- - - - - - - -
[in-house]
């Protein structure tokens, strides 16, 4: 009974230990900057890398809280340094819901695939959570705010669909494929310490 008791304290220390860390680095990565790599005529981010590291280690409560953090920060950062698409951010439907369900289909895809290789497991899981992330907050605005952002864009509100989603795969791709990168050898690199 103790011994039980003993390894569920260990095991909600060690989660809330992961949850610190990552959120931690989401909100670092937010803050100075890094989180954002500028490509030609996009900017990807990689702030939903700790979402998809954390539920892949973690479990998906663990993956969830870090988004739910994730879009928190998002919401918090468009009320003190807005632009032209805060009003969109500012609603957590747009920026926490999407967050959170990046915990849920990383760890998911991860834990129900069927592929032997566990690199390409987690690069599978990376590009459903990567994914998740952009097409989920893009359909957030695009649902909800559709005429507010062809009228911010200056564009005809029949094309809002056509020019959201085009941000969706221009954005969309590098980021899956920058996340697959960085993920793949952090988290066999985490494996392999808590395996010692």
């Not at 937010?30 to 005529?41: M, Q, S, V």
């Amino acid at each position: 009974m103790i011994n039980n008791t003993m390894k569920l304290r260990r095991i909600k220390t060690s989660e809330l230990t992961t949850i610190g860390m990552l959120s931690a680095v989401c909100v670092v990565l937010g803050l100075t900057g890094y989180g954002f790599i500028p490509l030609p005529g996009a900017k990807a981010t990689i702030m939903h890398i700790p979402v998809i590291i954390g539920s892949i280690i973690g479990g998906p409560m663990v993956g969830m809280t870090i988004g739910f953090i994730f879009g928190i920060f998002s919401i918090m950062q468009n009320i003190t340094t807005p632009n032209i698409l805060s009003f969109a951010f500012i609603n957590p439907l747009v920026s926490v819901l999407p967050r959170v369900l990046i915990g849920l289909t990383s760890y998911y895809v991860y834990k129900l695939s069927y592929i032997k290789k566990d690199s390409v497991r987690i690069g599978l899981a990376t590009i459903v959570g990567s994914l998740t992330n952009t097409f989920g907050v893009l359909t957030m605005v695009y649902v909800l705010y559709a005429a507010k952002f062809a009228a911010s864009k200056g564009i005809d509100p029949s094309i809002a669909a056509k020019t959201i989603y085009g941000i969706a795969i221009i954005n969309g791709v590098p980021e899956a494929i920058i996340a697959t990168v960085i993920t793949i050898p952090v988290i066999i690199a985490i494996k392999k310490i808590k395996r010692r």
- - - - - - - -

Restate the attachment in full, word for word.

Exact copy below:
[in-house]
């Protein structure tokens, strides 16, 4: 009974230990900057890398809280340094819901695939959570705010669909494929310490 008791304290220390860390680095990565790599005529981010590291280690409560953090920060950062698409951010439907369900289909895809290789497991899981992330907050605005952002864009509100989603795969791709990168050898690199 103790011994039980003993390894569920260990095991909600060690989660809330992961949850610190990552959120931690989401909100670092937010803050100075890094989180954002500028490509030609996009900017990807990689702030939903700790979402998809954390539920892949973690479990998906663990993956969830870090988004739910994730879009928190998002919401918090468009009320003190807005632009032209805060009003969109500012609603957590747009920026926490999407967050959170990046915990849920990383760890998911991860834990129900069927592929032997566990690199390409987690690069599978990376590009459903990567994914998740952009097409989920893009359909957030695009649902909800559709005429507010062809009228911010200056564009005809029949094309809002056509020019959201085009941000969706221009954005969309590098980021899956920058996340697959960085993920793949952090988290066999985490494996392999808590395996010692």
């Not at 937010?30 to 005529?41: M, Q, S, V």
């Amino acid at each position: 009974m103790i011994n039980n008791t003993m390894k569920l304290r260990r095991i909600k220390t060690s989660e809330l230990t992961t949850i610190g860390m990552l959120s931690a680095v989401c909100v670092v990565l937010g803050l100075t900057g890094y989180g954002f790599i500028p490509l030609p005529g996009a900017k990807a981010t990689i702030m939903h890398i700790p979402v998809i590291i954390g539920s892949i280690i973690g479990g998906p409560m663990v993956g969830m809280t870090i988004g739910f953090i994730f879009g928190i920060f998002s919401i918090m950062q468009n009320i003190t340094t807005p632009n032209i698409l805060s009003f969109a951010f500012i609603n957590p439907l747009v920026s926490v819901l999407p967050r959170v369900l990046i915990g849920l289909t990383s760890y998911y895809v991860y834990k129900l695939s069927y592929i032997k290789k566990d690199s390409v497991r987690i690069g599978l899981a990376t590009i459903v959570g990567s994914l998740t992330n952009t097409f989920g907050v893009l359909t957030m605005v695009y649902v909800l705010y559709a005429a507010k952002f062809a009228a911010s864009k200056g564009i005809d509100p029949s094309i809002a669909a056509k020019t959201i989603y085009g941000i969706a795969i221009i954005n969309g791709v590098p980021e899956a494929i920058i996340a697959t990168v960085i993920t793949i050898p952090v988290i066999i690199a985490i494996k392999k310490i808590k395996r010692r």